A community expresses love often in the face of tragedy, by eagerly extending generosity. From prayers to proceeds, sometimes all folks can do is just do something.

Respect and understanding are a little harder to handle. According to, a few of the best ways to demonstrate true concern begin with admitting you simply may not know what to say. “I wish I had the right words, just know I care.” “I don't know how you feel, but I am here to help anyway I can.” Saying nothing or just offering a hug speaks volumes. Above all, the best way we can offer support is to call on the only One who truly understands and go to God in prayer.

“The Lord is near to the brokenhearted, and saves those who are crushed in spirit,” Psalm 34:18. The peace He brings is unparalleled and so incredibly powerful at times like this. His touch is tender. His comfort is complete. His love is what is needed most – for the grieving and the consoling. For His love is perfect and in our weakness, He proves Himself strong, and closer than ever.

Merciful and faithful Lord, because of Your great love, we are not consumed, for Your compassions never fail. They are new every morning; great is Your faithfulness. God, You are our refuge and strength, an ever-present help in trouble. Help us to not fear, though the earth seems to give way and a mountainous weight presses down on our aching hearts. Though waters of grief roar and in our shaken state, we feel like the ground beneath our feet quakes, we will be still and know that You are God. You, Lord Almighty, are with us. You are our fortress. (Lam. 3:22-23; Ps. 41:1-2, 10-11)

©201 The Word's Out-Brenda Black

Friday, May 13, 2016

May Day! May Day! Tears on the Way!

By Brenda Black

No matter how many years pass, no matter how far removed from the direct ties to a graduate, I still cry at commencements. I scan the audience, spotting moms who are doing their level best to just keep it all together for the moment. Instantly, I'm in their skin and I'm the mess. My heart races, tears trickle and I find myself digging through my purse for a tissue to blot damp cheeks marked by empathy.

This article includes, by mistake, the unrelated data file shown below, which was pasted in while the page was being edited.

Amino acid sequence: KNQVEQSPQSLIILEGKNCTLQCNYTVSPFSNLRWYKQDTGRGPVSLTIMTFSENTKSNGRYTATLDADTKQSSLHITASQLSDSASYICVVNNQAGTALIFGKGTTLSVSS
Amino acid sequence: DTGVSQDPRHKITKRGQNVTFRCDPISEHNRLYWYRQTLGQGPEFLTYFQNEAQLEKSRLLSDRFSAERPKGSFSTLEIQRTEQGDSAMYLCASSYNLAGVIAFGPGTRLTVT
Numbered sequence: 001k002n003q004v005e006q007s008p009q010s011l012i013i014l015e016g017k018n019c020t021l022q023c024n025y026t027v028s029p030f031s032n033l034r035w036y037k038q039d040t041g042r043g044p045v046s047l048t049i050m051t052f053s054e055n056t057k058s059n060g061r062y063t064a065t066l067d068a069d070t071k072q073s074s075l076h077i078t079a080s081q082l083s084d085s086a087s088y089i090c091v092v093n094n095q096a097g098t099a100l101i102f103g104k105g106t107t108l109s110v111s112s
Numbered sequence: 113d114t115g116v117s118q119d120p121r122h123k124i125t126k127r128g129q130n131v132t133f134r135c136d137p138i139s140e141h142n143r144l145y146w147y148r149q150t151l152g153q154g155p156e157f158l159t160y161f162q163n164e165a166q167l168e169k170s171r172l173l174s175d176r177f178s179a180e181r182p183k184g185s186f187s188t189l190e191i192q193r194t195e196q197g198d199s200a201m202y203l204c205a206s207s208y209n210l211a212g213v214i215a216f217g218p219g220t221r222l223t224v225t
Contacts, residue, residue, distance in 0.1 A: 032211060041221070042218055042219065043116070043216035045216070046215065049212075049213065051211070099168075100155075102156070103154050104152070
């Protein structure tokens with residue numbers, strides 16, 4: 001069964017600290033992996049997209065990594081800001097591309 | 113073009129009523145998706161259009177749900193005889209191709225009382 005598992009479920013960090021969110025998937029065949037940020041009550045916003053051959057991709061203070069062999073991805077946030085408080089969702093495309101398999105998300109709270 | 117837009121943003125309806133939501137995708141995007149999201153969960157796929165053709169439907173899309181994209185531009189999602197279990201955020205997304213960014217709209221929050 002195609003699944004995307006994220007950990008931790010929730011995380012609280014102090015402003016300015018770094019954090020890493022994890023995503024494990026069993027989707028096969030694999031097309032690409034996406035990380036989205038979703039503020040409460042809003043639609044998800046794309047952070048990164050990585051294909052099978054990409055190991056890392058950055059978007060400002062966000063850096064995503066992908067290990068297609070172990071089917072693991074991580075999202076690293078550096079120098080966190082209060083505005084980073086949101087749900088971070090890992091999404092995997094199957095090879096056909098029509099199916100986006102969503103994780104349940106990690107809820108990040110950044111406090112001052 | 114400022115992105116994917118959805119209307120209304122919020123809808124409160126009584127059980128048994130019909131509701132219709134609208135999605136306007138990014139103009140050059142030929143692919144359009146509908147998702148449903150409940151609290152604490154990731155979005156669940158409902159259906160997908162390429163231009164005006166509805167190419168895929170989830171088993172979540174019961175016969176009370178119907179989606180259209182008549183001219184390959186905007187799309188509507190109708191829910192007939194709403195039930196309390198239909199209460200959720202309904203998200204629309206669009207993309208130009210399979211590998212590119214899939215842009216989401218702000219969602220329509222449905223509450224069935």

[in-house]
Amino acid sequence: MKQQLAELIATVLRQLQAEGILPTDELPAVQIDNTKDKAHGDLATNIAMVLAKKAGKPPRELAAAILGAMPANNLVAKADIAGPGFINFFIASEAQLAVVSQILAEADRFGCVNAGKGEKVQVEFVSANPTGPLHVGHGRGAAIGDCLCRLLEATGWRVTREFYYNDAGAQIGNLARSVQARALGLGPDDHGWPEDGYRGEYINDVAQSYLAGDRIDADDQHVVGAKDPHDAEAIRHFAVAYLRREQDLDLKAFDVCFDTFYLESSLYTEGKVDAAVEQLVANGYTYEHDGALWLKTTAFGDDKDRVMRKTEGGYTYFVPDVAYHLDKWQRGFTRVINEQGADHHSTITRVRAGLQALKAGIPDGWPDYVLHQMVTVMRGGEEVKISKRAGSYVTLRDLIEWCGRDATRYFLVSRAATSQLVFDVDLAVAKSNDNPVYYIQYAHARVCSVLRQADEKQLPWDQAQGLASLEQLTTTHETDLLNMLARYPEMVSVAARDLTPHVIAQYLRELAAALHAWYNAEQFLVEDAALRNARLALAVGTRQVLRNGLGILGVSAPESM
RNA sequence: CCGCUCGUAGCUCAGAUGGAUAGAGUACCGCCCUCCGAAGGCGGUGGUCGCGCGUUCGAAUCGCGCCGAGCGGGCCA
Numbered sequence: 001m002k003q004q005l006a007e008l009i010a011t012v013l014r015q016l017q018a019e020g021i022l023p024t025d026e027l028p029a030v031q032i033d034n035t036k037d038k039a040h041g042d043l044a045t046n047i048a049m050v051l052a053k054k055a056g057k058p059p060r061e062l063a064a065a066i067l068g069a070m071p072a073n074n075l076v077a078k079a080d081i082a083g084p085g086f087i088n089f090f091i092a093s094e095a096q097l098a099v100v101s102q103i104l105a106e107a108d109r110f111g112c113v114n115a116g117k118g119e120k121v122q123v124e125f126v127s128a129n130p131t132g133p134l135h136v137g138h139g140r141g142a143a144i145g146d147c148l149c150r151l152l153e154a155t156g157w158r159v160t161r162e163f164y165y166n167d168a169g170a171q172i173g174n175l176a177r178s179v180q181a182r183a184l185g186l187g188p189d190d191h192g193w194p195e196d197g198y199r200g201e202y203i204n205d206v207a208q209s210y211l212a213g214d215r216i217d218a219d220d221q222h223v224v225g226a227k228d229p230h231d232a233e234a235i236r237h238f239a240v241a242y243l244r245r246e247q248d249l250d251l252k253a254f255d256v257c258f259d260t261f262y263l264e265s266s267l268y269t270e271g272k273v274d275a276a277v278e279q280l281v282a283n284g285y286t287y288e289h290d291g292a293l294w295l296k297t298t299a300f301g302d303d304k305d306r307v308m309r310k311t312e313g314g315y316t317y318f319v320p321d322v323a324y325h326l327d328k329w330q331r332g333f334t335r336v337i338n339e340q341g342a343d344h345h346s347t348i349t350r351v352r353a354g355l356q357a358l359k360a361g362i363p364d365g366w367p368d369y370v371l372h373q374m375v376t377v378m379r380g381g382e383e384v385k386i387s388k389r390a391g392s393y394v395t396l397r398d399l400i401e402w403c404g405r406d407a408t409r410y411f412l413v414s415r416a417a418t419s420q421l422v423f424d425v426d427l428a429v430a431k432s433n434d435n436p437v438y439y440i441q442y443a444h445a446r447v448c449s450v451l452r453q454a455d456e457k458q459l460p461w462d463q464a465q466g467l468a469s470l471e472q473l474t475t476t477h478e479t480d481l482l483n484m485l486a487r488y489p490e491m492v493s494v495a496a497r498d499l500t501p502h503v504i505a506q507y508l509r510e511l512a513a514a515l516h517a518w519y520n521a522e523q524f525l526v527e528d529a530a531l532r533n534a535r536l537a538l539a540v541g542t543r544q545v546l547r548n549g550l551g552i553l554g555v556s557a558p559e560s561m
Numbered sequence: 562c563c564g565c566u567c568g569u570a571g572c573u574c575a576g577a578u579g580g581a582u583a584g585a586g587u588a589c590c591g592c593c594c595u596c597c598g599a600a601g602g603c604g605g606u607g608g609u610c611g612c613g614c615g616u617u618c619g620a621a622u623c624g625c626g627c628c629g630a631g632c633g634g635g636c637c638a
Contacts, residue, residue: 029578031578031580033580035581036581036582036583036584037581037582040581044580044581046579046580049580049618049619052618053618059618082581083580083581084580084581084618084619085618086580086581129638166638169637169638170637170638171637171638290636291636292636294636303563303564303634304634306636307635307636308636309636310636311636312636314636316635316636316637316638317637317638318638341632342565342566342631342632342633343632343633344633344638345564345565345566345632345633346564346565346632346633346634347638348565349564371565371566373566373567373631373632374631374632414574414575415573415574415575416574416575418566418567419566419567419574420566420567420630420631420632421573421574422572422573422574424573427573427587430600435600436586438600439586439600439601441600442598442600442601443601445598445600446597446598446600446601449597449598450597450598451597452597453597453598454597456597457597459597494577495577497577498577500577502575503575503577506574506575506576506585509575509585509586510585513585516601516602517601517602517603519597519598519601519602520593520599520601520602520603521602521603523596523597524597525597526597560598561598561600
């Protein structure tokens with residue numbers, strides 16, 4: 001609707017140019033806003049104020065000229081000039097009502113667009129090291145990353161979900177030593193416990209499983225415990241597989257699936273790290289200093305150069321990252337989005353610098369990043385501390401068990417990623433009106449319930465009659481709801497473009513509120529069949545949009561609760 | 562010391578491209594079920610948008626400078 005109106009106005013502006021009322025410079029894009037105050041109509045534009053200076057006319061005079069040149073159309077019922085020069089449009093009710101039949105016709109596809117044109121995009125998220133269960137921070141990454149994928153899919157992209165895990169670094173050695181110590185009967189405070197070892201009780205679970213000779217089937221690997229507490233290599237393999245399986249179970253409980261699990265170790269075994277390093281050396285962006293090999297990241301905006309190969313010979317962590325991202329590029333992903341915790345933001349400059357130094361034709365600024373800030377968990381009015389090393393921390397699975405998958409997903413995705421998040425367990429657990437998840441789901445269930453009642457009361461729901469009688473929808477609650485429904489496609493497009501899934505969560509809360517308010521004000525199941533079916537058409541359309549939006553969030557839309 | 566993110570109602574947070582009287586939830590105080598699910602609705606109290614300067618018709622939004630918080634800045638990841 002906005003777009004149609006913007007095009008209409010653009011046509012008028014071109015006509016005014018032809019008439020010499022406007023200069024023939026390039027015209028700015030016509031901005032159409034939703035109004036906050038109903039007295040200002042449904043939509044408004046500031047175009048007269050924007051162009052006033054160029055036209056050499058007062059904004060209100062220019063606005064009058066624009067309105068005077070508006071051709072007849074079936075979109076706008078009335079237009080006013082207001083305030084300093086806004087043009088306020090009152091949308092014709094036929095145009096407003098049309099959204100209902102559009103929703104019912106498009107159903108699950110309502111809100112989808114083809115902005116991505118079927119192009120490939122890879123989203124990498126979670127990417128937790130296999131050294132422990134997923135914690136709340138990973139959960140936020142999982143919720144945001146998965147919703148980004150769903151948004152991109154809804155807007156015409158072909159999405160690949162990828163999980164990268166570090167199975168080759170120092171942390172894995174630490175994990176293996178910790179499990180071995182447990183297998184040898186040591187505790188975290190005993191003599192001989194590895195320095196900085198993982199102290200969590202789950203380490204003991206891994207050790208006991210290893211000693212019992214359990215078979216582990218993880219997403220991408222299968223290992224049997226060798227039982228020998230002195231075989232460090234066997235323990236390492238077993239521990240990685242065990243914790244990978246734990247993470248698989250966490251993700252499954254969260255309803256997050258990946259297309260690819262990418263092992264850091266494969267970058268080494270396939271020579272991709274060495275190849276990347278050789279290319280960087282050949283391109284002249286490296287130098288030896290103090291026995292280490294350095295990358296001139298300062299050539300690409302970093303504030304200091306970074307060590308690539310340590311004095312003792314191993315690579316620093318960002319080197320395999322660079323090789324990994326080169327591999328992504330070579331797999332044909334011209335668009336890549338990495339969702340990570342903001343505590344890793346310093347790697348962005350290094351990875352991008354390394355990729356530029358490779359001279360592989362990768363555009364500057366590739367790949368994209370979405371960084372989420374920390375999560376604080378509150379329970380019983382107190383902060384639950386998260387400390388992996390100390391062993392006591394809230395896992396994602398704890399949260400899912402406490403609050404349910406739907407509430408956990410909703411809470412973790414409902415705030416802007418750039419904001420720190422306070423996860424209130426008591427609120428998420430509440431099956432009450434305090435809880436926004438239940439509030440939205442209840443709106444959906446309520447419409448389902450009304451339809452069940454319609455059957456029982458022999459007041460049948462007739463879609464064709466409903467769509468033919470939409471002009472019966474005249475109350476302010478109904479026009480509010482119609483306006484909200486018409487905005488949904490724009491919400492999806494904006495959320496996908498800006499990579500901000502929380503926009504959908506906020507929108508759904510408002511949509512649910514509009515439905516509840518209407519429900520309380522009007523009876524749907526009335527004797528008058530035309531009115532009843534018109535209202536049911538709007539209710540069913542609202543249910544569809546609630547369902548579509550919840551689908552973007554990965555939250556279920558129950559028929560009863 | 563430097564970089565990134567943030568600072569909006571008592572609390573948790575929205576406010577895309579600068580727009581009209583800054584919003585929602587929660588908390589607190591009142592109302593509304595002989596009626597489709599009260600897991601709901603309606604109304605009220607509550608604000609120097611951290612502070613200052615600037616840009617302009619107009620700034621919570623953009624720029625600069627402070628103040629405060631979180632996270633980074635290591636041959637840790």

Why, oh why, does Mother's Day have to come in the same month, and often on the same day as graduation ceremonies? The one-two punch to a maternal gut is nearly more than a momma can take standing up! I liken it to post traumatic stress, with flashbacks from birthing pains to toddler tumbles each time you attend “the last” of something. Last game, last day, last performance, last award banquet, last...last...last. All such finality causes the brain to churn up memories of all the firsts.

Numbly you go through the motions surrounded by other shell-shocked parents, pretending to be celebrating rather than grieving. The first lost tooth, the first step, the first word and that big ol' bus swallowing your five year old up on the first day of school jolts one into the awful reality that 13 years have come and gone in a flash.

And there they stand, young men and young women, taller and stronger than their folks. Still, in a mother's eyes these are infants just yesterday rocked and swaddled. Doggone it, I'm crying again just thinking about it!

From one who's been there and survived, my heart goes out to each of you dying a little inside. Trust me when I tell you, there are more great days ahead. There will be phone calls home late in the night when mom's voice is the only one those big kids want to hear. Through the grogginess and worries, your heart will be filled. You'll be squeezed hard and lifted off the floor with bear hugs and big sighs, accompanied by all that college laundry when they come home for a visit. Your world will widen with them. New people, new places, new topics of conversation are just around the bend.

And then one day you sense the greatest change; without warning you've become dear friends. Oh, you will always be their mama, but this shift is something magical. As they transform into independent adults, you are escorted past another milestone. There you'll be ushered to a front row seat to enjoy the fruit of your labor. Smiles will come again, but there is one caveat. You'll still cry.

It's just part of the mother phenomenon.

©2016 The Word's Out-Brenda Black

Friday, February 5, 2016

The Wonder of It All

By Brenda Black

My heart skipped a beat when first my toes touched the powdery soft sand that gradually sloped toward the Pacific. A ferry ride and a two-mile hike in cowboy boots landed me the closest I've ever been to salt water and sea weed. I couldn't peel those boots and socks fast enough!
Boots in the sand

Toes in the sea